Like your mother-in-law and Herpes Simplex 1, holidays always arrive unexpectedly and at the most inconvenient times. As bad as they can be, they come back every year with the shining promise of more drama.
Thanksgiving is here. Abraham Lincoln proclaimed Thanksgiving a national holiday in 1863 as a way to bring peace in the midst of the Civil War; a day of “Thanksgiving and Praise to our beneficent Father.” Speaking strictly for myself, I’ve been present at many Thanksgivings that rivaled the Battle of Bull Run where everyone but “our beneficent Father” threw a punch. Which is why while Hallmark prefers to celebrate, I prefer to inebriate. There have been so many Thanksgiving disasters in my family that it’s amazing I just don’t lock myself in the closet on the fourth Thursday of every November.
Thanksgiving 1992 was a seminal year for me. I was a newlywed drunk on love (more drunk on wine) who announced during dessert at a relative’s house, “From now on I’ll do all the holidays!” I had no idea why the host was so excited. Well, I found out why the following Thanksgiving Day. My life being like an unscripted Broadway show, I invited 30 for a sit-down dinner and 15 more for dessert. My fireman husband was having a near coronary—not because there would be so many bodies in our house, but because there would be so many bodies using the plumbing. “All that flushing is going to kill our pipes!” he exclaimed.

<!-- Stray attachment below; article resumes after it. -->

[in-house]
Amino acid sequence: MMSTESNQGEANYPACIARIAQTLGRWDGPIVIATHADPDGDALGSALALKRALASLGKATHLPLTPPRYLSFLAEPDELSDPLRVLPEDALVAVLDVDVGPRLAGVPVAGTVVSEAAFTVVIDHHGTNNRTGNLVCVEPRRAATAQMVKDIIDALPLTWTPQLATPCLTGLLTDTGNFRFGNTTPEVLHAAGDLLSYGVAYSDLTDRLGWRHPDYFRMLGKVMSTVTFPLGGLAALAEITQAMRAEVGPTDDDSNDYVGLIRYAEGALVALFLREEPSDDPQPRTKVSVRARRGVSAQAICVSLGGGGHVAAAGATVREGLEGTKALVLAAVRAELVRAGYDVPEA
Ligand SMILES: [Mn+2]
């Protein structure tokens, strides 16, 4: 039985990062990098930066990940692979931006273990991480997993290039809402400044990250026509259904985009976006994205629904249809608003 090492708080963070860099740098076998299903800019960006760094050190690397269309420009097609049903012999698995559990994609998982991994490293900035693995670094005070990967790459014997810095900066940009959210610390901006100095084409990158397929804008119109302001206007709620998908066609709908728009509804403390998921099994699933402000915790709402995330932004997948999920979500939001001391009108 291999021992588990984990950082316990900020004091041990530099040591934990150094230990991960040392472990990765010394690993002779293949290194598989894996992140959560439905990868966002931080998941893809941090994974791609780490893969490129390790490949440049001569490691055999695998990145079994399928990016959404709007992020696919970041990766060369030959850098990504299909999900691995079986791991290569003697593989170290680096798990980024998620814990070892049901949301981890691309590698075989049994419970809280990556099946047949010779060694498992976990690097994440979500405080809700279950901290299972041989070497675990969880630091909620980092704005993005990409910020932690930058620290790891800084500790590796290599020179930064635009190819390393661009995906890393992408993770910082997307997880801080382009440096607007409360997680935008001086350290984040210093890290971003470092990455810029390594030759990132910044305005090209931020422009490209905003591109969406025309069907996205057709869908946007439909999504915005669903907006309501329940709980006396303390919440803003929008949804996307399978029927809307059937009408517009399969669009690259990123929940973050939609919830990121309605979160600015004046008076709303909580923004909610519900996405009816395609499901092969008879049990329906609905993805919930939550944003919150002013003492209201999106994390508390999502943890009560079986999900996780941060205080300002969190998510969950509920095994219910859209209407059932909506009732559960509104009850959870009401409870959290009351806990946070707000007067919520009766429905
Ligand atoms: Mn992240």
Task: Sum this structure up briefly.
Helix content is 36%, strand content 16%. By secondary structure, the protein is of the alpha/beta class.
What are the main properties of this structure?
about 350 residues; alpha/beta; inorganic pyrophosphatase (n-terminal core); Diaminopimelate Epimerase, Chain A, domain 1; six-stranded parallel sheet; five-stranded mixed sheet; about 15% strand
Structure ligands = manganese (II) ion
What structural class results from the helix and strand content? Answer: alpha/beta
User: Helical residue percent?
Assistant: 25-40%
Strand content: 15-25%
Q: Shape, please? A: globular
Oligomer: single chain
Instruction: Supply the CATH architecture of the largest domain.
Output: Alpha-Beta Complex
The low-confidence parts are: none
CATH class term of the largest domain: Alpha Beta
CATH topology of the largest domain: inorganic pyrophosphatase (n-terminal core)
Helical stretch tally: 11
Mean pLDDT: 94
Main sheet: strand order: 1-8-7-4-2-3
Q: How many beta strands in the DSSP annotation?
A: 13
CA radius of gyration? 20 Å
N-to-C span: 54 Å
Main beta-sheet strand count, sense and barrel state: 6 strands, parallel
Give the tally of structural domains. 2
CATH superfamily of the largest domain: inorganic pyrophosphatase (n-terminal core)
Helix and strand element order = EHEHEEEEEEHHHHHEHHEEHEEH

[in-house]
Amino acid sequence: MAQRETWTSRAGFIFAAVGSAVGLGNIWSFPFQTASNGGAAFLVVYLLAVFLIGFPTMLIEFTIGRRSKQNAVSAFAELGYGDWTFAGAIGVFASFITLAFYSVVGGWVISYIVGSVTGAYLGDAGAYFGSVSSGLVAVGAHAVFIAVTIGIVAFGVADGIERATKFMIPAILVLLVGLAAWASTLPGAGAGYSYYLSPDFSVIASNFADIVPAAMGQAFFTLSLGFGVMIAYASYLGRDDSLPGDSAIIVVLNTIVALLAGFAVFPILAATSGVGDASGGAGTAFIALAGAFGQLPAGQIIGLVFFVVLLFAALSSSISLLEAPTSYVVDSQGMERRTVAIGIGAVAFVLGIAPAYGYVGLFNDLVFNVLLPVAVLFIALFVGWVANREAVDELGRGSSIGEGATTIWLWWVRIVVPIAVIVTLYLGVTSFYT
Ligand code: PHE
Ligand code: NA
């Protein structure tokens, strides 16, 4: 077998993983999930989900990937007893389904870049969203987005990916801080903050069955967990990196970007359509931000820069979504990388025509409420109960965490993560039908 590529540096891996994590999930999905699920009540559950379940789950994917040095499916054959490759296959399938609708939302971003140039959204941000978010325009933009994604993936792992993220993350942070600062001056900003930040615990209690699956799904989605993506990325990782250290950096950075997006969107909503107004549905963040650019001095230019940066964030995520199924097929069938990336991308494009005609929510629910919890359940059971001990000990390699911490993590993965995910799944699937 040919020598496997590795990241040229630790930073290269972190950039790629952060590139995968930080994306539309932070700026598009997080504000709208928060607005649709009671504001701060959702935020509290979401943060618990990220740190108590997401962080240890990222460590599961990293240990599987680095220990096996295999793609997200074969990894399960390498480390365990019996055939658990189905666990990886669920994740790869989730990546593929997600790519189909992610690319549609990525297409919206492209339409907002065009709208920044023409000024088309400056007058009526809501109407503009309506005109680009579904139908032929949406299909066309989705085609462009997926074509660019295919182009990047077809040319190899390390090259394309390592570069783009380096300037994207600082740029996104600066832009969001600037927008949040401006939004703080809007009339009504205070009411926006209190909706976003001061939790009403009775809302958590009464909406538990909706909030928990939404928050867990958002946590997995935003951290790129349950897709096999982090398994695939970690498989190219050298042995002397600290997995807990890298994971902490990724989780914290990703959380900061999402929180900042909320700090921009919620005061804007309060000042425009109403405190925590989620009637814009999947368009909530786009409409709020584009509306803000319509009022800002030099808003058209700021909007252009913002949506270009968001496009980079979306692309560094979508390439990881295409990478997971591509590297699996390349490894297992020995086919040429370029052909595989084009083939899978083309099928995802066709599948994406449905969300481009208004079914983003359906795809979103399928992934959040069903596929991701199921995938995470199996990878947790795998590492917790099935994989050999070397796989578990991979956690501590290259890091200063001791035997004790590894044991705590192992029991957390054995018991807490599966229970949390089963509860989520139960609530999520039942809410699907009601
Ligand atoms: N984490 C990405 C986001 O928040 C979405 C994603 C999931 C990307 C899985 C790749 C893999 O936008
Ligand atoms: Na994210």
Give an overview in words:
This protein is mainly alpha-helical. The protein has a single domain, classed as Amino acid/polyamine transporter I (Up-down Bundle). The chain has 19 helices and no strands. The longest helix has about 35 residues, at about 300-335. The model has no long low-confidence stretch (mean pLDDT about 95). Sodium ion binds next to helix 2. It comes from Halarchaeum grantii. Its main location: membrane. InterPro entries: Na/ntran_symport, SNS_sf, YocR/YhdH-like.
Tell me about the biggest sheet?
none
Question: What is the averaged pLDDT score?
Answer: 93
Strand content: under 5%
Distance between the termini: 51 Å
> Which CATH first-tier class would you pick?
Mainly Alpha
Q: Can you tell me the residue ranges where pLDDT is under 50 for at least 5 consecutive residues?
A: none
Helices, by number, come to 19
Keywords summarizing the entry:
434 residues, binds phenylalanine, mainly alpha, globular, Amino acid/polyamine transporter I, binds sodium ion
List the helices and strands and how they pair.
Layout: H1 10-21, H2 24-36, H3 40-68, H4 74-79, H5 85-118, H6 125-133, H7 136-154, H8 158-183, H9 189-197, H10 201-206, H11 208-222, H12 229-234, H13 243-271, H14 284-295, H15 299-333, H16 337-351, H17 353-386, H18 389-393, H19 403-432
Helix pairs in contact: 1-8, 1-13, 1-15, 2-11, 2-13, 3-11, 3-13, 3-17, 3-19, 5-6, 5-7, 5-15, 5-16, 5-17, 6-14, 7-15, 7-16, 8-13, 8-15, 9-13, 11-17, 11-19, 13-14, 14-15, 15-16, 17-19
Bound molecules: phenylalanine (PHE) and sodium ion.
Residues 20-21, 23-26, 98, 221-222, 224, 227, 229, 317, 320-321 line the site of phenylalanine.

“Don’t worry,” I responded calmly as I read “An Idiot’s Guide to Cooking Turkeys.” “I’ll just hand every guest a roll of toilet paper and send them into the bushes to take care of their business.”
Well, needless to say, three hours into that Thanksgiving, as I went down to the basement to remove the pies from our second refrigerator, guess what? Our plumbing did back up. All over the basement. Let’s just say that while Jim was calling Drain Doctor I was blaming the smell of raw sewerage on his aunt who had four heaping plates of everything and was now asleep in the corner under a pile of coats that the dessert guests had indiscriminately thrown on top of her corpse. Let me add, Drain Doctor drained everything including both our checking and savings account, but they got the job done fast! I even fed the plumber when he came. However, when I saw the bill I told him that while he charged hundreds and hundreds of dollars for holiday plumbing, “I charge $100 per slice of holiday turkey and $50 per side dish so why don’t we just call it even, okay?”
Back to the turkey. I had never cooked a turkey in my life, but I got up at 5 a.m. to stuff and shove the 28-pound bird into my oven. The fact that I couldn’t close the oven door was somewhat concerning, but more perplexing was the aroma. It didn’t smell like a turkey dinner should. As it continued to cook I knew that was one foul fowl. I called my mother frantic.
“The turkey stinks!” I shouted hysterically.
“I told you not to buy the ShopRite turkey,” she responded.
“No, I mean it really stinks!”
“Did you forget to remove the neck?”
“What neck???? Don’t they chop that off?”
“No. It’s wrapped with other internal organs and stuffed inside the bird in a bag. What did you do with that?”
“I guess I’m cooking it!” I howled in fear.
“Then that’s what stinks. You need to get it out.” Click.